As has been rumored for a while, View from the Wing has confirmed new restrictions coming on the Marriott and Starwood credit cards. In a nutshell (more details to follow), those who have opened new Marriott, SPG, or Ritz credit cards in the last 2 years or who had one within the 30 days prior to applying will not be eligible for most new Marriott/SPG welcome offers. This is going to effectively lock most of us out from these bonuses for the next couple of years and make it difficult if not impossible to stack together multiple cards for multiple annual free night awards in the future.
Gary Leff has screen shots of the official chart guidelines from Chase. Here I’m quoting his summaries in bold italics with my reactions in blue. See his post for his full analysis and the official charts.
Amex SPG rules
To be eligible for a new ‘Luxury Card’ initial bonus you cannot be a current Ritz-Carlton cardmember (or have had that card in the last 30 days), have signed up for a new Chase-issued Marriott card in the last 90 days, or received an initial bonus or upgrade offer for a Chase-issued Marriott card in the past 24 months.
My reaction: This hurts those who hurried to sign up for the Ritz card before it died, though I still think opening the Ritz card now was a better value play for those who would not have otherwise qualified for status with Marriott based on this year’s activity. I’m more surprised that those who received an upgrade offer in the past 24 months are excluded. That seems kind of harsh after pushing those upgrades as hard as Chase has. It certainly changes the calculus moving forward for those who have not upgraded and were considering it.
To be eligible for a new Starwood Amex card initial bonus (the personal card that will be available only until the programs rebrand next year), you cannot have (or have had in the last 30 days) a Chase-issued Marriott.
This effectively means that in the future, you will not be able to stack multiple free nights by opening all of the various cards. However, those who currently have multiple versions of the various cards (Starwood consumer, Starwood business, Marriott Premier Plus personal, Marriott business) will get a free annual night certificate on each card (that will be true for the Stawood cards after your next anniversary post-8/1/18 and for the Marriott business card when the benefits change later next month). That might make it more advantageous to keep multiple cards if you value those free night certificates highly.
To be eligible for a Starwood business card initial bonus, you cannot have a Chase-issued Marriott business card (or have had one in the last 30 days), have signed up for one in the last 90 days, or have received a new cardmember bonus for one in the last 24 months.
Again, this makes it hard to have multiple cards in the future. The good news here is that it seems the Starwood business card will not be restricted for those who have opened / upgraded Chase-issued Marriott personal cards.
To be eligible for a new Chase Marriott personal card initial bonus you cannot be a current Starwood American Express cardholder (or have had that card in the last 30 days), have signed up for a Starwood American Express card in the last 90 days, or received a new cardmember bonus for a Starwood American Express card in the last 24 months.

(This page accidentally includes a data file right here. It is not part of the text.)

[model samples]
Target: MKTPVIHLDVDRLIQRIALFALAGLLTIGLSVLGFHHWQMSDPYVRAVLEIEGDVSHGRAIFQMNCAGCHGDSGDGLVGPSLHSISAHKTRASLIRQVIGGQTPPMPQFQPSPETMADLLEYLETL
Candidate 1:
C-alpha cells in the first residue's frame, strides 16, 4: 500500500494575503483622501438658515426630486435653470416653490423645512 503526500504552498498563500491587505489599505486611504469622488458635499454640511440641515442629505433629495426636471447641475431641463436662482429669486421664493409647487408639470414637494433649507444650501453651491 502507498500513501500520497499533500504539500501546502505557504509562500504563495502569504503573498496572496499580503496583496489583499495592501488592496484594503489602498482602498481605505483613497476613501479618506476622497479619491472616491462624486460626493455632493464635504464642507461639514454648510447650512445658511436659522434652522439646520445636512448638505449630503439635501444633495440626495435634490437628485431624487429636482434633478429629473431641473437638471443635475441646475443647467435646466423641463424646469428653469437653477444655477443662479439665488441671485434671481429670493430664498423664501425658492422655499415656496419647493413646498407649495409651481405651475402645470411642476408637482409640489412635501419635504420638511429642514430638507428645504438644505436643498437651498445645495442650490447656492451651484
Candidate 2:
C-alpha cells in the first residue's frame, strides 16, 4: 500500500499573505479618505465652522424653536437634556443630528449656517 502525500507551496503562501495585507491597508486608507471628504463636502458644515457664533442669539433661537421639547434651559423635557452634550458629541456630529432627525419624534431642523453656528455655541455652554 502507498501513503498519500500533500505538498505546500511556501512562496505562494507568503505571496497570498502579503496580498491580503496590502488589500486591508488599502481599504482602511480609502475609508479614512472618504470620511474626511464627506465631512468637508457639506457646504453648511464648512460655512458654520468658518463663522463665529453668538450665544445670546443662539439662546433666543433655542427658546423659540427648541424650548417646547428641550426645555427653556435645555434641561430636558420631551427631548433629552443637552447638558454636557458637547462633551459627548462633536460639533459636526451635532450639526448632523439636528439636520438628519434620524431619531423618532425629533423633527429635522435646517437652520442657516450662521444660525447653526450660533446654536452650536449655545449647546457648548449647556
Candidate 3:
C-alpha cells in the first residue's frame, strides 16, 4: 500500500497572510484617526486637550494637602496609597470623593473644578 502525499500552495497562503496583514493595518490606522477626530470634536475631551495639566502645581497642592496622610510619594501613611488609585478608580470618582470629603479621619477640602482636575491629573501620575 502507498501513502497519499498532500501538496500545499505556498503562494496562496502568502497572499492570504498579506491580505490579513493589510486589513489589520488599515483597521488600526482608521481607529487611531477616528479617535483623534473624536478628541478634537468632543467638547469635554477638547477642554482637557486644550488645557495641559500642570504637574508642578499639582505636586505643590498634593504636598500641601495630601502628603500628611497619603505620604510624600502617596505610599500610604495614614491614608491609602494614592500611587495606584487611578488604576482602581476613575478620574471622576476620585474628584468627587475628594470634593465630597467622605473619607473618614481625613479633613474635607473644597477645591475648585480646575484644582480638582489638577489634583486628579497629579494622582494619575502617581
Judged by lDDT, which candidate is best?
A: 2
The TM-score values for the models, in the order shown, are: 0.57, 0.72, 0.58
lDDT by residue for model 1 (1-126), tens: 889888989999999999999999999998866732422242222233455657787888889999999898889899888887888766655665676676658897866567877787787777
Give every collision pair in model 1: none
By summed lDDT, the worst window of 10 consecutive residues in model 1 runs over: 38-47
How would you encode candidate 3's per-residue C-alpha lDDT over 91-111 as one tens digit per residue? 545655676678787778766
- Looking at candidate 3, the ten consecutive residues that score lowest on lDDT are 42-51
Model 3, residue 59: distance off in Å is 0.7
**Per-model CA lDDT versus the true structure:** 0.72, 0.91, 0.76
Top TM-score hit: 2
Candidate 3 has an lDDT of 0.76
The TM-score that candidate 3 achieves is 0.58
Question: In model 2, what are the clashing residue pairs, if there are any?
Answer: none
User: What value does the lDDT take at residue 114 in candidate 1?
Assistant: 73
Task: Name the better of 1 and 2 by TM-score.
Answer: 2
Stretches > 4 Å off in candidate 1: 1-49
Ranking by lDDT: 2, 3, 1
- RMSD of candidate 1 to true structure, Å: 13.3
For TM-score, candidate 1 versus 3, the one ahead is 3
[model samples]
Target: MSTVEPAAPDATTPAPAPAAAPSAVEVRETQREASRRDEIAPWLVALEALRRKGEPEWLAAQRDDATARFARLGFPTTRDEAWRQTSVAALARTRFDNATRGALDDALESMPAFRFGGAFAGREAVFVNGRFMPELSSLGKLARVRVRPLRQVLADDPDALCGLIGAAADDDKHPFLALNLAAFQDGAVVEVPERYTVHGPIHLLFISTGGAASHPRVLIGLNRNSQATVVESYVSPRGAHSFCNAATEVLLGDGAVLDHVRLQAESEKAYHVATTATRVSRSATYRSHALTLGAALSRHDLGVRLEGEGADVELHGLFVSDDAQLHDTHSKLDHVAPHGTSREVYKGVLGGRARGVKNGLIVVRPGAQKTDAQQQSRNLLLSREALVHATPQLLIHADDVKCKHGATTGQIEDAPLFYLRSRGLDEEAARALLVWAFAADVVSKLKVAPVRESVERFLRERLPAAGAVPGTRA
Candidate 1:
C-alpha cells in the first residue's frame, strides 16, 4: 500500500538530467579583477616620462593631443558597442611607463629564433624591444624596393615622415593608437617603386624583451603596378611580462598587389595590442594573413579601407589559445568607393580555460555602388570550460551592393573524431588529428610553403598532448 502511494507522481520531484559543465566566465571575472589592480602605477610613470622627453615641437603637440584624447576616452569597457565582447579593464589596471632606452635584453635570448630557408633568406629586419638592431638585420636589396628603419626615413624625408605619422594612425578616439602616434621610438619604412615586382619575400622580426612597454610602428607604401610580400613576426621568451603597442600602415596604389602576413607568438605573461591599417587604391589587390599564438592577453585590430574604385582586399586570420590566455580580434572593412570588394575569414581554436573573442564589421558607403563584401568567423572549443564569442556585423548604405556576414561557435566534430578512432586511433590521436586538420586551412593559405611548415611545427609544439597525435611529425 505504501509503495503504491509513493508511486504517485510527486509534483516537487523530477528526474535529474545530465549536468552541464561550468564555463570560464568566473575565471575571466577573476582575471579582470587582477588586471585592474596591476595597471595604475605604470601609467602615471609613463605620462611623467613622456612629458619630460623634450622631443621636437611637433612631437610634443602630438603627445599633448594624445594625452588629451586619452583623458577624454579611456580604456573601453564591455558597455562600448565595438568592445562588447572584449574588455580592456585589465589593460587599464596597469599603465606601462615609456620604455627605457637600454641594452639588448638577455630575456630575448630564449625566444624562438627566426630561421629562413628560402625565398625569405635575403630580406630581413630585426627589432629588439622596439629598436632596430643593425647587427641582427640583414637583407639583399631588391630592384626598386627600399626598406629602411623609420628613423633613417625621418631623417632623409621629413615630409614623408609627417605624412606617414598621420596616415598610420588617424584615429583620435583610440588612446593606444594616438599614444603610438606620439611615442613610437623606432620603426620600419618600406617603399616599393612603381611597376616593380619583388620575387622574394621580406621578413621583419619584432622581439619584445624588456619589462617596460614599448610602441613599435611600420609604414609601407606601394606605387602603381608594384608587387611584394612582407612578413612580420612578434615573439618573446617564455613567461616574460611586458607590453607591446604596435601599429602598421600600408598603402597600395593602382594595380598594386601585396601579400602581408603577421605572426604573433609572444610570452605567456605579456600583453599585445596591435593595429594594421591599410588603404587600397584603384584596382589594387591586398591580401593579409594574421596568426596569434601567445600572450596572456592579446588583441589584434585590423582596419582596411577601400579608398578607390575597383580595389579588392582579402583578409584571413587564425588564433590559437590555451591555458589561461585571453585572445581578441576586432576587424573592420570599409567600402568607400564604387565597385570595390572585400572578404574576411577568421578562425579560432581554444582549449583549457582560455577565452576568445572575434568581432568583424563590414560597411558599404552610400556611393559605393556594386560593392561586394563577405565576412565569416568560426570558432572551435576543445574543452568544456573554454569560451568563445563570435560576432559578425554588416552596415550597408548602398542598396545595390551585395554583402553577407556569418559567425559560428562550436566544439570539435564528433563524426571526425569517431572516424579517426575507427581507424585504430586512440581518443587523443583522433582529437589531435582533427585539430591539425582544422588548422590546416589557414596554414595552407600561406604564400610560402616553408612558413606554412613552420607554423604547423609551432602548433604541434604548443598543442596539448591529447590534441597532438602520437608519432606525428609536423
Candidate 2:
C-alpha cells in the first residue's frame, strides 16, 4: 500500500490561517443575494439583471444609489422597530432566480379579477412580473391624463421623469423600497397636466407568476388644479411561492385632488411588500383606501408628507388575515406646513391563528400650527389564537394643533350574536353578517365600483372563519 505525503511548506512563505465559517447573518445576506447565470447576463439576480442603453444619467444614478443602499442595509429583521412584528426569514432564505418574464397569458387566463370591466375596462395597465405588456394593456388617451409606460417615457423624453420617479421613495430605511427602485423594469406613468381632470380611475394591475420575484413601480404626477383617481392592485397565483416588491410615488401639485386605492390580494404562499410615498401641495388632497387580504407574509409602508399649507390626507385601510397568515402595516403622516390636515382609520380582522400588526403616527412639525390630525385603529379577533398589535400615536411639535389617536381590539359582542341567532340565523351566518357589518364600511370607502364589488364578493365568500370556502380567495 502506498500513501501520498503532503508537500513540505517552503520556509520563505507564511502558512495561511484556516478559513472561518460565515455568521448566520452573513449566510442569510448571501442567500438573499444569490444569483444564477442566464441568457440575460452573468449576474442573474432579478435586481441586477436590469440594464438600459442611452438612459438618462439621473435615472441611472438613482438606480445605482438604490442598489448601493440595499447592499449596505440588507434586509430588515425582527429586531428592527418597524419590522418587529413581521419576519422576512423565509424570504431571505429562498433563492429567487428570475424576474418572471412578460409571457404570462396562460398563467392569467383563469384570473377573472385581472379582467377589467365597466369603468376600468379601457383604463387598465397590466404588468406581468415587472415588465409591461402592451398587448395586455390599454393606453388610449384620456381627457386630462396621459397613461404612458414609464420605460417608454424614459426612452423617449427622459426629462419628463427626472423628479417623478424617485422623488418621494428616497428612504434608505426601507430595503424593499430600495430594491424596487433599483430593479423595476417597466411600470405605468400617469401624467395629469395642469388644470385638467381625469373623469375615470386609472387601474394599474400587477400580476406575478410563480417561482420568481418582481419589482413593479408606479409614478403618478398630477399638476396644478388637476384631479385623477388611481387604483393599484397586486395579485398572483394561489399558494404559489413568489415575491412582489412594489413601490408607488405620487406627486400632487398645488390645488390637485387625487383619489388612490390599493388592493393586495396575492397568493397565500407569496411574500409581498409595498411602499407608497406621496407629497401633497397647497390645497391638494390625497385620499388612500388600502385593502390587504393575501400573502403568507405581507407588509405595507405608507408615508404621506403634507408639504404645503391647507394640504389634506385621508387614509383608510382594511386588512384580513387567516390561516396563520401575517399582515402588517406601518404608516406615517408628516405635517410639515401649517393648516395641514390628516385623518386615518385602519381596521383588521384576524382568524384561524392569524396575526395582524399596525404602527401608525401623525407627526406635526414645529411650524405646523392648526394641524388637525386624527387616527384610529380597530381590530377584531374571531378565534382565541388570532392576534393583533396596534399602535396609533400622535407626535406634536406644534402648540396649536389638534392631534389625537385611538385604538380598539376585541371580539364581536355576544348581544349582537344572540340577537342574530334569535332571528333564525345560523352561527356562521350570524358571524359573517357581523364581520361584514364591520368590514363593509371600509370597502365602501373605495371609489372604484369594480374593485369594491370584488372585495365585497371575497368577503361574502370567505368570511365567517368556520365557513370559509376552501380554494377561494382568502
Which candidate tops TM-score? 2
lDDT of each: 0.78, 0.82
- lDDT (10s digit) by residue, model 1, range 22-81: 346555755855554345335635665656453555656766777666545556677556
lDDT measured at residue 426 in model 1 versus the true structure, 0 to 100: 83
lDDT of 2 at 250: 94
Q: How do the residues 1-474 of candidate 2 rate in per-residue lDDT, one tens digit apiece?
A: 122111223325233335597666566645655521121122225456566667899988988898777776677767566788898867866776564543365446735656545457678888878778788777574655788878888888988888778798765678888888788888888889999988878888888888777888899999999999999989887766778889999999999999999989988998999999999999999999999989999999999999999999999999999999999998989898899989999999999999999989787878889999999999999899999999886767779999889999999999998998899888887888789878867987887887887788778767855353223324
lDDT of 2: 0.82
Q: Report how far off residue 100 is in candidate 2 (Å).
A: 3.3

Again, those with any Starwood credit card (business or personal) are locked out of Chase Marriott personal cards. It’s notable that the restrictions from Chase and Amex include both having signed up for a new card in the past 90 days or received a new cardmember bonus for the past 24 months (on top of those who currently hold the cards). This makes an impressive effort to make sure that they close most loopholes you could dream up.
To be eligible for a new Chase Marriott business card initial bonus you cannot be a current Starwood American Express cardholder (or have had that card in the last 30 days), have signed up for a Starwood American Express card in the last 90 days, or received a new cardmember bonus for a Starwood American Express card in the last 24 months.
Same as above – locks out anyone with a Starwood card now, who signed up in the last 90 days, or who got a bonus in the last 24 months.
To be eligible for a new Chase Ritz-Carlton Rewards Visa Infinite, you must have a time machine.
Ok, Gary didn’t really say that last one. But it’s true. Ding dong the Ritz is dead for new applicants. Existing cardholders will continue to have the card, though it’s certainly possible that Chase will sunset it someday.
Interestingly, Gary reports that it’s not Chase and Amex sharing information, it’s Marriott sharing with each issuer which members have which credit cards (or, in their words, sharing “who is eligible for a new cardmember bonus”). That obviously means that there is some expense for Marriott in this. While that wouldn’t be surprising to me on its own, it is surprising (to me) in an environment with two banks competing for Marriott’s business.
While it had been previously announced that Chase would issue a mass consumer card and Amex would issue a business and ultra premium personal card, it was notable to us in hindsight that the press releases did not say any of that would be exclusive (even if that was insinuated, the continued issuance of the Ritz card and SPG personal cards indicated that perhaps too much had been read into the exclusivity of those parameters). The death of the Ritz card yesterday and these restrictive moves indicate that the card portfolio will eventually line up with what was announced and it is going to be much harder to qualify for most new cards.
Keep these restrictions in mind when evaluating your next moves with regard to keeping, cancelling, or upgrading.
H/T: View from the Wing